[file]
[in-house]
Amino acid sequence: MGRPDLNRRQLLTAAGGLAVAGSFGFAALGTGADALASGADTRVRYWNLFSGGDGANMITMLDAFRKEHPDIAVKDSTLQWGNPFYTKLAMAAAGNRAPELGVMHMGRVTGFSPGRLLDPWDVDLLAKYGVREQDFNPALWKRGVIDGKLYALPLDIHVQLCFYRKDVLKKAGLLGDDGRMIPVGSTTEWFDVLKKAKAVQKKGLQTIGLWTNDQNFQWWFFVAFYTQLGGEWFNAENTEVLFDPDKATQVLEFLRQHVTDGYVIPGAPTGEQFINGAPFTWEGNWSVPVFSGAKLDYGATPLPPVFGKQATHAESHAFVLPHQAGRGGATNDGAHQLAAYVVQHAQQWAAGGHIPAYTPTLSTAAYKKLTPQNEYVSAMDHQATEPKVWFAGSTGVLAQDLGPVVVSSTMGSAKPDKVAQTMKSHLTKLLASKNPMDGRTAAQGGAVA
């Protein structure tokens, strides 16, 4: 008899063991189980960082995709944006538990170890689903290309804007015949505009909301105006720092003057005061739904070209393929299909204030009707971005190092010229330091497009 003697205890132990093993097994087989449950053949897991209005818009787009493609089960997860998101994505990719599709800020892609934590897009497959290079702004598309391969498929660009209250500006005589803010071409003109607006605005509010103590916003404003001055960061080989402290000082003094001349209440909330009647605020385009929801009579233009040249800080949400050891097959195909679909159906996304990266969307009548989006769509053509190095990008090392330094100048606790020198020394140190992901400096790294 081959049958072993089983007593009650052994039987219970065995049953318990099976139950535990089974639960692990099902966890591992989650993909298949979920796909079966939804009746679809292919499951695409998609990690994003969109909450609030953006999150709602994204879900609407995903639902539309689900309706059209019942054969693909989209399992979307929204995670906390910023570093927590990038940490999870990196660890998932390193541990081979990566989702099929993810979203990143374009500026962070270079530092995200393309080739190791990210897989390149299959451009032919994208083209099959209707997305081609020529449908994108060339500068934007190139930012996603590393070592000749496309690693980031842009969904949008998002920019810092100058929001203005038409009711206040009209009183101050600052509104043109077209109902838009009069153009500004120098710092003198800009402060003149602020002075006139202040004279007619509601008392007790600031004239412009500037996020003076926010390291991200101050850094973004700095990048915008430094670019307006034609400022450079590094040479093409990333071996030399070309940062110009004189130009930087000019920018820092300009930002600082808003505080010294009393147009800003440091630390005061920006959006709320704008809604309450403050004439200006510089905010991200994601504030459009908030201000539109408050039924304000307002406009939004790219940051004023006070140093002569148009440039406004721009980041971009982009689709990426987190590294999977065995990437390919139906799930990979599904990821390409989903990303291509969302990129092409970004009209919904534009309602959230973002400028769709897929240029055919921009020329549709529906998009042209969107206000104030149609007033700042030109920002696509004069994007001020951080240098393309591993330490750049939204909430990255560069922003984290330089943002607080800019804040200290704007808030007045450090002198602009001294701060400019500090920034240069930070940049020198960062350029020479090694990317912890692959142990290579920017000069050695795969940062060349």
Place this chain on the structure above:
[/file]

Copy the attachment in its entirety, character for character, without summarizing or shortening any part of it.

[in-house]
Amino acid sequence: MGRPDLNRRQLLTAAGGLAVAGSFGFAALGTGADALASGADTRVRYWNLFSGGDGANMITMLDAFRKEHPDIAVKDSTLQWGNPFYTKLAMAAAGNRAPELGVMHMGRVTGFSPGRLLDPWDVDLLAKYGVREQDFNPALWKRGVIDGKLYALPLDIHVQLCFYRKDVLKKAGLLGDDGRMIPVGSTTEWFDVLKKAKAVQKKGLQTIGLWTNDQNFQWWFFVAFYTQLGGEWFNAENTEVLFDPDKATQVLEFLRQHVTDGYVIPGAPTGEQFINGAPFTWEGNWSVPVFSGAKLDYGATPLPPVFGKQATHAESHAFVLPHQAGRGGATNDGAHQLAAYVVQHAQQWAAGGHIPAYTPTLSTAAYKKLTPQNEYVSAMDHQATEPKVWFAGSTGVLAQDLGPVVVSSTMGSAKPDKVAQTMKSHLTKLLASKNPMDGRTAAQGGAVA
């Protein structure tokens, strides 16, 4: 008899063991189980960082995709944006538990170890689903290309804007015949505009909301105006720092003057005061739904070209393929299909204030009707971005190092010229330091497009 003697205890132990093993097994087989449950053949897991209005818009787009493609089960997860998101994505990719599709800020892609934590897009497959290079702004598309391969498929660009209250500006005589803010071409003109607006605005509010103590916003404003001055960061080989402290000082003094001349209440909330009647605020385009929801009579233009040249800080949400050891097959195909679909159906996304990266969307009548989006769509053509190095990008090392330094100048606790020198020394140190992901400096790294 081959049958072993089983007593009650052994039987219970065995049953318990099976139950535990089974639960692990099902966890591992989650993909298949979920796909079966939804009746679809292919499951695409998609990690994003969109909450609030953006999150709602994204879900609407995903639902539309689900309706059209019942054969693909989209399992979307929204995670906390910023570093927590990038940490999870990196660890998932390193541990081979990566989702099929993810979203990143374009500026962070270079530092995200393309080739190791990210897989390149299959451009032919994208083209099959209707997305081609020529449908994108060339500068934007190139930012996603590393070592000749496309690693980031842009969904949008998002920019810092100058929001203005038409009711206040009209009183101050600052509104043109077209109902838009009069153009500004120098710092003198800009402060003149602020002075006139202040004279007619509601008392007790600031004239412009500037996020003076926010390291991200101050850094973004700095990048915008430094670019307006034609400022450079590094040479093409990333071996030399070309940062110009004189130009930087000019920018820092300009930002600082808003505080010294009393147009800003440091630390005061920006959006709320704008809604309450403050004439200006510089905010991200994601504030459009908030201000539109408050039924304000307002406009939004790219940051004023006070140093002569148009440039406004721009980041971009982009689709990426987190590294999977065995990437390919139906799930990979599904990821390409989903990303291509969302990129092409970004009209919904534009309602959230973002400028769709897929240029055919921009020329549709529906998009042209969107206000104030149609007033700042030109920002696509004069994007001020951080240098393309591993330490750049939204909430990255560069922003984290330089943002607080800019804040200290704007808030007045450090002198602009001294701060400019500090920034240069930070940049020198960062350029020479090694990317912890692959142990290579920017000069050695795969940062060349």
Place this chain on the structure above: